In 2013 Marco Hüsges began snapping up the trademark to the word "emoji" around the world under his newly created company banner, The Emoji Company.
It's hard to remember a time before cell phones, let alone text messaging, but there was. Likewise, it's hard to remember a time before emojis–those universally recognizable graphics that often stand in for everyday phrases, thoughts or emotions used primarily on mobile devices.
So commonplace are emojis now, that the lexicon is thoroughly ingrained in cultures all around the world. They transcend language barriers, allowing us to communicate easily with anyone at anytime.
You would think that the term "emoji," which is derived from Japanese and means, in essence, "pictograph," was already under copyright by some major corporation–locked up for use only in specific terms and under very precise circumstances. Not so. Well, not so as of 2013, when Marco Hüsges, a German citizen, had a light bulb moment, so to speak, and began snapping up the emoji trademark around the world under his newly created company banner, The Emoji Company.
First he secured the rights to the term in Europe, then the U.S., Japan, South Korea, China, Latin America and so on.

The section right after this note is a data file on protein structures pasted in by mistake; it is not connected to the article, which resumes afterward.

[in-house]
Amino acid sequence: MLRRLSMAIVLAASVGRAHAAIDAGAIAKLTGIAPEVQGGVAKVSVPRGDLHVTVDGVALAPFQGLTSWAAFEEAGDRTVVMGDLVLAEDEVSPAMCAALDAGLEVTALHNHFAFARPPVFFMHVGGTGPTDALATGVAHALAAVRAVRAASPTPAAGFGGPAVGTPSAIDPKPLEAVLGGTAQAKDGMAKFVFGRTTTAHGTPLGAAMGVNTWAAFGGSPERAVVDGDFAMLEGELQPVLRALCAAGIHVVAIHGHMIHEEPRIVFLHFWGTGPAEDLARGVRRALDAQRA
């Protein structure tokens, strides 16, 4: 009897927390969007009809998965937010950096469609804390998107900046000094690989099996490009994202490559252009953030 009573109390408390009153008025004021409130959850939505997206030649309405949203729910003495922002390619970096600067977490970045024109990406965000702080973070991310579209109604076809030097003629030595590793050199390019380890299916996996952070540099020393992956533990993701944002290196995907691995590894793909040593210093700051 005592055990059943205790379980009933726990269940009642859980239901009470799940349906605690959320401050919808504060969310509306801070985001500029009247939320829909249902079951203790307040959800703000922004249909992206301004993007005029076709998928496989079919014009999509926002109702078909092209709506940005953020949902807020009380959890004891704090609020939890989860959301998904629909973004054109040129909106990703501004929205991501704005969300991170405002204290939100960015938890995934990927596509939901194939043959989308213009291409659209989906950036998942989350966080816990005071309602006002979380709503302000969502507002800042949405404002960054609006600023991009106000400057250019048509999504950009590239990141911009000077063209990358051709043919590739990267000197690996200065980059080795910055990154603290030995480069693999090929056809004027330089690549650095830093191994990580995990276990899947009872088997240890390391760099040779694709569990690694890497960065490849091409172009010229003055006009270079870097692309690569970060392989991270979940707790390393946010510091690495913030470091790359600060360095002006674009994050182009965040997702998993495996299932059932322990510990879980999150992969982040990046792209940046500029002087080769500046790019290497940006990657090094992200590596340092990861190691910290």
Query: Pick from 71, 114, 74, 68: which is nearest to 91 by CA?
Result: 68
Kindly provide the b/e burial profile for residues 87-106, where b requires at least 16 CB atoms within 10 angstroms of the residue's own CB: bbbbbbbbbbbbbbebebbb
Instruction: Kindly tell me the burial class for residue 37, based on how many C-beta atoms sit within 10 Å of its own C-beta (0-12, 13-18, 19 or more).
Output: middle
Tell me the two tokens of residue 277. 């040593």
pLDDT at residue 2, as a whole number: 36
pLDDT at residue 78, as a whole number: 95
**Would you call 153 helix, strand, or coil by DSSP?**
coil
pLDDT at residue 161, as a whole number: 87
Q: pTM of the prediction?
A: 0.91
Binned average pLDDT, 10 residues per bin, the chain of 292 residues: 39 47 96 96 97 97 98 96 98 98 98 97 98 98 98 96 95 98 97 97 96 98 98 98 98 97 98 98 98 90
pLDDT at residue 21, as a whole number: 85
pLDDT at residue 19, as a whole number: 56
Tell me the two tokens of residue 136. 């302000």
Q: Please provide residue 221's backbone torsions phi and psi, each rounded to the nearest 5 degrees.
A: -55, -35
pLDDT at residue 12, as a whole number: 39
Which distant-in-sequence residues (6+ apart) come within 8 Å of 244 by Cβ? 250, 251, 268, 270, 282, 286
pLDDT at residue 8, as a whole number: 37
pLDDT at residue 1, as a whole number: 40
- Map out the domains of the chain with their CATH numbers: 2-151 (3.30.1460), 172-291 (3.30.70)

Today, Hüsges' company owns the trademark to the word in most major markets and is ready to take the next leap with the brand to begin to extend the feeling and spirit of emoji to product.
But let's be clear, here–Hüsges and his company do not own the rights to the SMS messaging graphics you use on your Apple or Android phone, for example. The Emoji Company has rights to the actual word "emoji" for more than 25 categories of goods and services around the world, apart from digital communication, of course, where the emoji concept comes from. That said, The Emoji Company has created an enormous treasure trove of fully vectorized emoji icons–close to 1,000, in fact–to correspond. The portfolio is constantly growing and contains brand-new emoji icons, adaptations and customized emoji icons.
And, thanks to a team of licensing agents in key regions, Hüsges is now bringing his concept to market via a robust range of consumer products.
Representing The Emoji Company in the U.S., the U.K. and Ireland is Global Merchandising Services, which has signed on to extend the brand to a host of products–from apparel, to accessories and entertainment services. Other agents tapped include Exim Group for Latin America (Brazil, Mexico, Argentina and Colombia), Haven Licensing in Australia and New Zealand, Studio Licensing in Canada, Spain and Portugal's Universal Music for that region and Bavaria Sonor Licensing is taking the lead.
The Emoji Company debuted the property and its massive supporting content library at June's Licensing Expo in the U.S. to much fanfare, says Hüsges.
"We exhibited at Licensing Expo in Las Vegas this year, and, within a very short period of time, we have secured major partnerships across the world," he says.
While specific deals are not quite ready to be announced, the representation is certainly in place, and it's only a matter of time before product hits retail in a major way across all FMCG categories.